2,500 million for electric batteries


A joint venture between General Motors and South Korean battery company LG Energy Solution is set to receive a $2.5 billion loan from the US Department of Energy to build electric vehicle battery factories in three states.

The Energy Department said it made the initial commitment to lend the money to Ultium Cells LLC, a joint venture between GM and LG. The loan will help Ultium finance three lithium-ion battery plants in Michigan, Ohio and Tennessee, strengthening the Joe Biden administration’s efforts to promote electric vehicles and reduce reliance on China for critical components.

The plants will strengthen the country’s energy independence and support Biden’s goal of having electric vehicles account for half of all auto sales in the country by 2030, Energy Secretary Jennifer Granholm said.

The plants are expected to create up to 6,000 jobs under construction and 5,100 in operations once completed. Ultium Cells is just weeks away from opening its first battery plant in Lordstown, Ohio, which it says will help meet strong demand for electric cars.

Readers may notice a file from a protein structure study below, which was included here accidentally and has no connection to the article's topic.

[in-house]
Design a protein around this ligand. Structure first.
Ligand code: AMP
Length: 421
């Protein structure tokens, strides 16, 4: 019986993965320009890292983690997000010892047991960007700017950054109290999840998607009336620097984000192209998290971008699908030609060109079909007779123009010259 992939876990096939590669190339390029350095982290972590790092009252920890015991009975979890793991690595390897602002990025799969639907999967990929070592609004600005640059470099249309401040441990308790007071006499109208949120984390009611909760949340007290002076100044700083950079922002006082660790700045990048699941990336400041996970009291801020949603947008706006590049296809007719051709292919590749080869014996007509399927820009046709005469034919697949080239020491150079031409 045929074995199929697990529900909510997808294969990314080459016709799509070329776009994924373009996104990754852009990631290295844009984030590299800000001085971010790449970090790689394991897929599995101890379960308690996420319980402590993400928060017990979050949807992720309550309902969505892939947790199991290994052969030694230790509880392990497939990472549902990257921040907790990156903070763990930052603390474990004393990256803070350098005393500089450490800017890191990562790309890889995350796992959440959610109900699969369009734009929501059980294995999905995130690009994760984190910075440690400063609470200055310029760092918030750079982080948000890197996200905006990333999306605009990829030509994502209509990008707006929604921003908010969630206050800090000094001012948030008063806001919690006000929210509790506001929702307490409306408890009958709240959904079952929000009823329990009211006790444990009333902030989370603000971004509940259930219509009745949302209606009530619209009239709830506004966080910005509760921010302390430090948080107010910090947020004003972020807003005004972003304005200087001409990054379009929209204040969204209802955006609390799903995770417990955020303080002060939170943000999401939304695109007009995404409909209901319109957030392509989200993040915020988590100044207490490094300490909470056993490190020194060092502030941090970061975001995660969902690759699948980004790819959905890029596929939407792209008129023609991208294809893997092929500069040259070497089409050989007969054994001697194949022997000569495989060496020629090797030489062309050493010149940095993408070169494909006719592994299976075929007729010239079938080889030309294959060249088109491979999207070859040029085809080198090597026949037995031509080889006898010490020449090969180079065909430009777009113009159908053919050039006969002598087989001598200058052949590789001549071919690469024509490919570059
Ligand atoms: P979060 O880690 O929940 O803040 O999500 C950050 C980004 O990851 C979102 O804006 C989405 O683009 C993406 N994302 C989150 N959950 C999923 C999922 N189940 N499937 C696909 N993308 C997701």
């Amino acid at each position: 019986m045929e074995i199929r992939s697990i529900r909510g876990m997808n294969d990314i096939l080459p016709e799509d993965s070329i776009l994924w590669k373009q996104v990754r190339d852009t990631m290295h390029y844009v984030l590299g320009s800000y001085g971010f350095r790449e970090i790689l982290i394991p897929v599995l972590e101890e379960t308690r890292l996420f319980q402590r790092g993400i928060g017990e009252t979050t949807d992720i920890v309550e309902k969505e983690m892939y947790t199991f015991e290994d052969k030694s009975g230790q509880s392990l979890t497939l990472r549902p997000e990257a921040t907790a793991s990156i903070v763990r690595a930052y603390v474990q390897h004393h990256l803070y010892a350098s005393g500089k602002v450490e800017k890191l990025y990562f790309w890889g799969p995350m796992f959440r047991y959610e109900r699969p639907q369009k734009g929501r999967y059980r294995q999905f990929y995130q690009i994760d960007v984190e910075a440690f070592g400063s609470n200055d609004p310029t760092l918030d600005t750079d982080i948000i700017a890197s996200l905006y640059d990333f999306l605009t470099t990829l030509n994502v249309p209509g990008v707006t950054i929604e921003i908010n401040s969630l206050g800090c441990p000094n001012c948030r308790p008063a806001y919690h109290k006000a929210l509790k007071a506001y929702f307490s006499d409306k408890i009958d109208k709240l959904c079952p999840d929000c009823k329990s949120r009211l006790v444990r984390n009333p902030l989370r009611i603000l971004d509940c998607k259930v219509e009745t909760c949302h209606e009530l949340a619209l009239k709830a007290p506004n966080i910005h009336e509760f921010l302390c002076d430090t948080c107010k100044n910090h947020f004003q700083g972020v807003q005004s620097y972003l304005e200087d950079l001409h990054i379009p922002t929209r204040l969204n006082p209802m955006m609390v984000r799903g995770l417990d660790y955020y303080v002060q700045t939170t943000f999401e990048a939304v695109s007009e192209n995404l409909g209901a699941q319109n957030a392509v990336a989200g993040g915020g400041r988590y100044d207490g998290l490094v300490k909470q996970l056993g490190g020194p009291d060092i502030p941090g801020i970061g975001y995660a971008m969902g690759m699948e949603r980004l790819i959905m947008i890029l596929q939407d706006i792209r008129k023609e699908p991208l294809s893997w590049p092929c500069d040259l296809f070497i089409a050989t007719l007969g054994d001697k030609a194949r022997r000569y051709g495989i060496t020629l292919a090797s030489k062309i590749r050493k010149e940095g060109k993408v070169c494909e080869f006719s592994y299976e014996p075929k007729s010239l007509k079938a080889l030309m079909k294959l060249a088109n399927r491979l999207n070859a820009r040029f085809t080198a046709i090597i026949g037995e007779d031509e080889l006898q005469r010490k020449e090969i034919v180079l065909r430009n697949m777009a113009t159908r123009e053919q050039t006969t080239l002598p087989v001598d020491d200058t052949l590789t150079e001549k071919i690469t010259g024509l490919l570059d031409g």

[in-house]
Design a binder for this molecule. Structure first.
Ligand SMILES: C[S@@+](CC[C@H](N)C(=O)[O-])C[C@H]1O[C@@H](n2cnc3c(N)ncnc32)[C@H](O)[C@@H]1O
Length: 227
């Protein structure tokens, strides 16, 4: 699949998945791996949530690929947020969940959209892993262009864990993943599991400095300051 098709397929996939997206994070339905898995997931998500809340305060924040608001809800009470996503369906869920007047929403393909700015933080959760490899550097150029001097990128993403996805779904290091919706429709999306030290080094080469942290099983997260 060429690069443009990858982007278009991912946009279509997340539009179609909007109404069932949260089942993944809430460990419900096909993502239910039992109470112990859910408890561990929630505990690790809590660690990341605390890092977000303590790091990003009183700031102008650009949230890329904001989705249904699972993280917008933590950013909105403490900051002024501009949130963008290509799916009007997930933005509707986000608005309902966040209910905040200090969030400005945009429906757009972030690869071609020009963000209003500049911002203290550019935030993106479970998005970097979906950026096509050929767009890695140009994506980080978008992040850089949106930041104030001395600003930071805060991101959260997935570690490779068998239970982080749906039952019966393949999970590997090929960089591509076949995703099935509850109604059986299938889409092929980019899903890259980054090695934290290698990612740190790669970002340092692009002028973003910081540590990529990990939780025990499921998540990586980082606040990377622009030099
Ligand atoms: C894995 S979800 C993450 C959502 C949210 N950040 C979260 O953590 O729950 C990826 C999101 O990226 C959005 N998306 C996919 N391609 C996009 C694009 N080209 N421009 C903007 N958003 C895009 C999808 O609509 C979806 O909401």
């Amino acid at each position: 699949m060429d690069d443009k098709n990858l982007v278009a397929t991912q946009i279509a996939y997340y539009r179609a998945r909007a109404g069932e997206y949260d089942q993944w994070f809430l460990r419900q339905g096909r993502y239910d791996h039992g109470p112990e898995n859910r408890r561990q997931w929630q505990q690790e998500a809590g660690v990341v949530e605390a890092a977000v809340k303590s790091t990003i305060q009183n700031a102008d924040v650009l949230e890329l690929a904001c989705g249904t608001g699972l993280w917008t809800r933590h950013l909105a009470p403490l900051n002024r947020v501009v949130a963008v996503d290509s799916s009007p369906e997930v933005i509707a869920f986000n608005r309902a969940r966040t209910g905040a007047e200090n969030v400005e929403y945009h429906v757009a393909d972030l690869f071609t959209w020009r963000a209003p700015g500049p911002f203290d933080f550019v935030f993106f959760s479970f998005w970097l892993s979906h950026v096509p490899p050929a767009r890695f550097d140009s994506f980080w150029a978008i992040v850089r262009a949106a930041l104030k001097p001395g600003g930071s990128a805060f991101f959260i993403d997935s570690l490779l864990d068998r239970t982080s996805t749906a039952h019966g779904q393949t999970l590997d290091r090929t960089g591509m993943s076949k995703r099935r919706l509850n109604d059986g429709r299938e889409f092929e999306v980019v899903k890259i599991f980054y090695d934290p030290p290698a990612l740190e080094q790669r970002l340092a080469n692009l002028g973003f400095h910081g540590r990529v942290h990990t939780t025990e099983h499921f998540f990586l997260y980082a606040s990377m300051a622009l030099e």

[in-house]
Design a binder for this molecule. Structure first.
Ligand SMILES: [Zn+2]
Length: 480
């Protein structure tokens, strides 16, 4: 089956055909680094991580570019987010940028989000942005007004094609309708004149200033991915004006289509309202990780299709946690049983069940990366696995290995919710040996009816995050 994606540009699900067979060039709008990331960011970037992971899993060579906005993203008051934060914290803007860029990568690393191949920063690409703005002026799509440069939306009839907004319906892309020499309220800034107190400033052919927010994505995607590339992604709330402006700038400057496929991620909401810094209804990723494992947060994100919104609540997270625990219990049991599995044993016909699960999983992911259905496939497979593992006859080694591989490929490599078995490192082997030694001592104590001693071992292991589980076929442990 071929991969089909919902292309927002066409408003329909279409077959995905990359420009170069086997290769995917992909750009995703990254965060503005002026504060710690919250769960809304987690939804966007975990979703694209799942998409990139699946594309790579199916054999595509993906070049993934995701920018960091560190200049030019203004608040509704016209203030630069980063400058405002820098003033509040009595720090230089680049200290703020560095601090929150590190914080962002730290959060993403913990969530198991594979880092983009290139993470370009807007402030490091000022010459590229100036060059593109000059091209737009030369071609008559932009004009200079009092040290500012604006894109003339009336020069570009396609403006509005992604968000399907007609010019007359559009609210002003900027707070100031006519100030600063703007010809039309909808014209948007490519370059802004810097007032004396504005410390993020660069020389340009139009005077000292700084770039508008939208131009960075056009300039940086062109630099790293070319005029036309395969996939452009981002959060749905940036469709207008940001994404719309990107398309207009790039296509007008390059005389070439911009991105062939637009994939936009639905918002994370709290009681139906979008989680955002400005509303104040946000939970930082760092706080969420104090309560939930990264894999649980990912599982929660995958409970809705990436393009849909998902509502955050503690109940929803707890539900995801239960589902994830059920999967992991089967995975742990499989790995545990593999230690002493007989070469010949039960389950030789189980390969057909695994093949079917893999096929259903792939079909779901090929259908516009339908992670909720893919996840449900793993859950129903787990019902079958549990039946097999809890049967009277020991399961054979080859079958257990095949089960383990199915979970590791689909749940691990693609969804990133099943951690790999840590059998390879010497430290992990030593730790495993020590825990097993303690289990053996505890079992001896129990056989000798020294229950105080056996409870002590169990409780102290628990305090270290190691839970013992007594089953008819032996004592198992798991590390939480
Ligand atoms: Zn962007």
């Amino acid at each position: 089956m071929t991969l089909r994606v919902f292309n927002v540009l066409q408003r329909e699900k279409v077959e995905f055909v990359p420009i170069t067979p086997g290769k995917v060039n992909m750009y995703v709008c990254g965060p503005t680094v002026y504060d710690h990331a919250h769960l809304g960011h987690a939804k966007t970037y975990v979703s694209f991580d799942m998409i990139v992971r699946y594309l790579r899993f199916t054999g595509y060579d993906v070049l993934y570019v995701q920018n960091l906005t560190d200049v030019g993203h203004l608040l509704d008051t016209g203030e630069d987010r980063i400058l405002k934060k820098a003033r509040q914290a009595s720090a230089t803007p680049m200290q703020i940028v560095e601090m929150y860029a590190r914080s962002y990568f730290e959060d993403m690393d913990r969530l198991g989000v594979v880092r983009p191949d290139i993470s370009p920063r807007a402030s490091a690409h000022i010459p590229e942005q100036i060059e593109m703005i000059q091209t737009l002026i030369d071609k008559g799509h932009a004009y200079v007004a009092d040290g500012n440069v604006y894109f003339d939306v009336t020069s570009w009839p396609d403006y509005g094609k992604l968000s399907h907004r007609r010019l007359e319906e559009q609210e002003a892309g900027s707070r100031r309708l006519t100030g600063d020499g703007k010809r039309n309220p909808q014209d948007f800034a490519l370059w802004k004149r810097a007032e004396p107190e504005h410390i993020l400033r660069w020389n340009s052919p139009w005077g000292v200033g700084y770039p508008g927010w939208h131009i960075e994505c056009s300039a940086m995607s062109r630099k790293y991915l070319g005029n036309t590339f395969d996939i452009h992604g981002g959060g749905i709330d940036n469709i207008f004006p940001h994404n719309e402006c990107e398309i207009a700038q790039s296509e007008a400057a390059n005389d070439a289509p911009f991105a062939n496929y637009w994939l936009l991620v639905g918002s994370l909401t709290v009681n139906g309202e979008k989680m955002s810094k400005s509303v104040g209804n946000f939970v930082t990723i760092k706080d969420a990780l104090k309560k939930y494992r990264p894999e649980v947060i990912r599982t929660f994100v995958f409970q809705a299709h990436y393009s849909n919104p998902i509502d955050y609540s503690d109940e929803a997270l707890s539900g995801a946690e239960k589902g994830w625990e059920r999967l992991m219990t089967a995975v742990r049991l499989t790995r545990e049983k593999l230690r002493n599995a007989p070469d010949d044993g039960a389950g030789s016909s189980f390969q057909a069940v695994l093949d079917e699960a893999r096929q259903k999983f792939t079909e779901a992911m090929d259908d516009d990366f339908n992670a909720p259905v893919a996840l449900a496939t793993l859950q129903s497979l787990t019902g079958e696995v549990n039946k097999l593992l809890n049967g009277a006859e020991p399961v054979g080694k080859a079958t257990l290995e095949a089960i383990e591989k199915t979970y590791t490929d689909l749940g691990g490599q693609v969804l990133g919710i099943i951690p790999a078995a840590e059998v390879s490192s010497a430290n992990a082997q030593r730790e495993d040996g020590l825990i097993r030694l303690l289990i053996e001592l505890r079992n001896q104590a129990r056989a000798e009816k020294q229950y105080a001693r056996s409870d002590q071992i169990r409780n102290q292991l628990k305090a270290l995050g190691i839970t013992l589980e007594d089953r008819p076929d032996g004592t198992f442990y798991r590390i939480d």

Ultium will supply batteries to GM, which is working to convert its fleet entirely to electric cars by 2035.

The loan would be the first dedicated exclusively to lithium-ion battery production under the State-of-the-Art Vehicle Manufacturing program, which provides loans to U.S. producers of light vehicles, qualified components and fuel-saving materials, he said. the Department of Energy.

Jigar Shah, director of the department’s Loan Office, said the loan to Ultium “will help create a national supply chain to meet the growing demand for electric vehicles” and “create thousands of good-paying jobs in three states, while that enables improvements on existing lithium-ion battery technologies.”

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